Revenues are declining. Endowments are shrinking. Funders are reconsidering their commitments.
Wherever you look, there are more demands and fewer resources. And then someone tells you that what you need is a new plan for today’s economy. But what’s innovative about strategic planning? In fact, the word is that strategic planning is on its last legs. Some gurus say that planning should be confined to a one-day exercise; others posit that the environment is changing so fast that planning becomes obsolete almost immediately, and that focusing on issues such as fundraising and market development is more likely to produce results.
There is validity in all of these arguments. Certainly, it has been a while since ten-year strategic forecasting was in vogue or even made sense – five years is a stretch these days, and three years is a hopeful guestimate. However, planning is far from obsolete. A strong argument can be made for nonprofits committing to real strategic assessment of their opportunities based on the best available evidence, and making decisions accordingly. These organizations are much more likely to keep going during difficult times and, moreover, have the tools to take their efforts to scale.
While most nonprofits are passionate about their missions, they are equally averse to sticking to long-range plans, partly because they lack the critical data to set appropriate goals, and partly because past planning efforts were not aligned with the changing reality of the organization.
But let’s focus on creating a plan: Not the novel-length door stopper that satisfies everyone for a moment but never infiltrates the organization, but planning that really gets into the organizational DNA, that changes the way we think and the way we do things, and that focuses on strategy. Good planning helps organizations understand what is core to their mission and how they define success, and allows them to recognize the conditions for which they will hold themselves accountable.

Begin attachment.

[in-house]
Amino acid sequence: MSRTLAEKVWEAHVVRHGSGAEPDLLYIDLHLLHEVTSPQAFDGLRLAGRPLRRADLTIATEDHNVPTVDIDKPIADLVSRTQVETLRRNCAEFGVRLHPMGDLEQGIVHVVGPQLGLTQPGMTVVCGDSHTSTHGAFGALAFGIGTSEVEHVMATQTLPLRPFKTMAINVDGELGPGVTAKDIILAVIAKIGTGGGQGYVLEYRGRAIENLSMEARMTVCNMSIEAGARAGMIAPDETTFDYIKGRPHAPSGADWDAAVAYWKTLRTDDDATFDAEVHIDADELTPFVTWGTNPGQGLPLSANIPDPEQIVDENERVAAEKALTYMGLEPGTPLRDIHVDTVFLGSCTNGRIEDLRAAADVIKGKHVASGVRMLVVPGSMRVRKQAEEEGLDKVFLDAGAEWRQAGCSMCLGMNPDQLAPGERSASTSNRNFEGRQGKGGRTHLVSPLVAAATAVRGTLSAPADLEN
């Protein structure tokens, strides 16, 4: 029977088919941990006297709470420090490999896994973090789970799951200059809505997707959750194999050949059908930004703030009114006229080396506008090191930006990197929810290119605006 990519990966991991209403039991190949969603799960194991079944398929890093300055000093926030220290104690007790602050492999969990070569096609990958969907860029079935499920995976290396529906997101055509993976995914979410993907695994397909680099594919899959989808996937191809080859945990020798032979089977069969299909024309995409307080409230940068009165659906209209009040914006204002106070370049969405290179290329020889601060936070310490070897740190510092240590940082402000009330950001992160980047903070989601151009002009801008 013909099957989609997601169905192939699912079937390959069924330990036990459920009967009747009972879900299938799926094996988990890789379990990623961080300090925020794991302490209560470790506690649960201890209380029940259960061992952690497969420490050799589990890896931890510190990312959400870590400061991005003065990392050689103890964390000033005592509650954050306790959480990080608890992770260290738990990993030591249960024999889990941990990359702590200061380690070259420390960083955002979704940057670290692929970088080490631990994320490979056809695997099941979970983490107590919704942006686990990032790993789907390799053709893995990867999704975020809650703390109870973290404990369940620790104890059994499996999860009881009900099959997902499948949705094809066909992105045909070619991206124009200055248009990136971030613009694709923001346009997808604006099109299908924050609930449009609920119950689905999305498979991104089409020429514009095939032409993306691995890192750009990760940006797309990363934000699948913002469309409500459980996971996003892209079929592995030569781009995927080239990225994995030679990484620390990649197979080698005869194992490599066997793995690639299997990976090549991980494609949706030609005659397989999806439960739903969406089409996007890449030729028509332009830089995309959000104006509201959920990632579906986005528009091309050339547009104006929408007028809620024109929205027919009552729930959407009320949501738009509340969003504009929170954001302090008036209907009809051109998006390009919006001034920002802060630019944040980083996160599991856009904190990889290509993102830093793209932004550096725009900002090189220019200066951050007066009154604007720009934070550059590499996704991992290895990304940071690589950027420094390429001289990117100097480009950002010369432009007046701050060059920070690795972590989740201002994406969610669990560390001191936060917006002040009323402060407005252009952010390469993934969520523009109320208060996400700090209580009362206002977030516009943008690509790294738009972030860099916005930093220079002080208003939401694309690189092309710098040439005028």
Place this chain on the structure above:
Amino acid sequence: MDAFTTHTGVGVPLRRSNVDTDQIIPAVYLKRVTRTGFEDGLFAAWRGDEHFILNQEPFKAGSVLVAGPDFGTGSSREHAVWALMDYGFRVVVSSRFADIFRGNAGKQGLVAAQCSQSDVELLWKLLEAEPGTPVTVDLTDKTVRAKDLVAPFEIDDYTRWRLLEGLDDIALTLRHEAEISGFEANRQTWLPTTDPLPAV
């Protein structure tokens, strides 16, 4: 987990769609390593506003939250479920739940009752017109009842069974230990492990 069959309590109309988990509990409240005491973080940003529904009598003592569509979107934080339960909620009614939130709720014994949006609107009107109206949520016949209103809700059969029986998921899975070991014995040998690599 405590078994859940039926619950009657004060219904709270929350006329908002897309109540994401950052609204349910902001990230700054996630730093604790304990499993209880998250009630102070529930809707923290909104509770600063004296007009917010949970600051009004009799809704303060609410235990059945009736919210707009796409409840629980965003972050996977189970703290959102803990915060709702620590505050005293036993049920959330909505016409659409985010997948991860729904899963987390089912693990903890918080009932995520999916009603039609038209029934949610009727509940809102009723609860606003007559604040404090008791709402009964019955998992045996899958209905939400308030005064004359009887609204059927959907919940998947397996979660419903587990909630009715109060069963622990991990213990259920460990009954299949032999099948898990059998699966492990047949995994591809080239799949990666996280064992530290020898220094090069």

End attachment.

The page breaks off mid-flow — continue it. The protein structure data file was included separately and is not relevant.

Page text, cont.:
Planning in its most dynamic form is one part of a fluid system that constantly takes in new information, assesses success, analyzes the environment and applies new learning to the next round of planning. Organizations that demonstrate discernable impact on the population they are trying to serve and that have the internal capacity to convey the full measure of that change to critical audiences are more likely than their peers to be financially sustainable. The best way to attain sustainability is to use the planning process to lay out critical pathways to change and continuously measure and refine strategies.
The best planning processes for today’s environment are those that meet an organization where they are, create a framework for dealing with change, and build a structure through which decision-makers are able to access the information to measure impact and to respond to evolving realities. Planning shouldn’t have defined beginning and end dates. An open-ended process that is constantly referenced and that can be amended as circumstances dictate is much more useful and likely to permeate an organization’s culture than a stand-alone activity. When organizations combine this type of planning with passionate and decisive leadership, they create a successful model that will empower effective organizational development practices for mission and vision achievement.
To paraphrase Mark Twain, reports of the death of planning have been greatly exaggerated.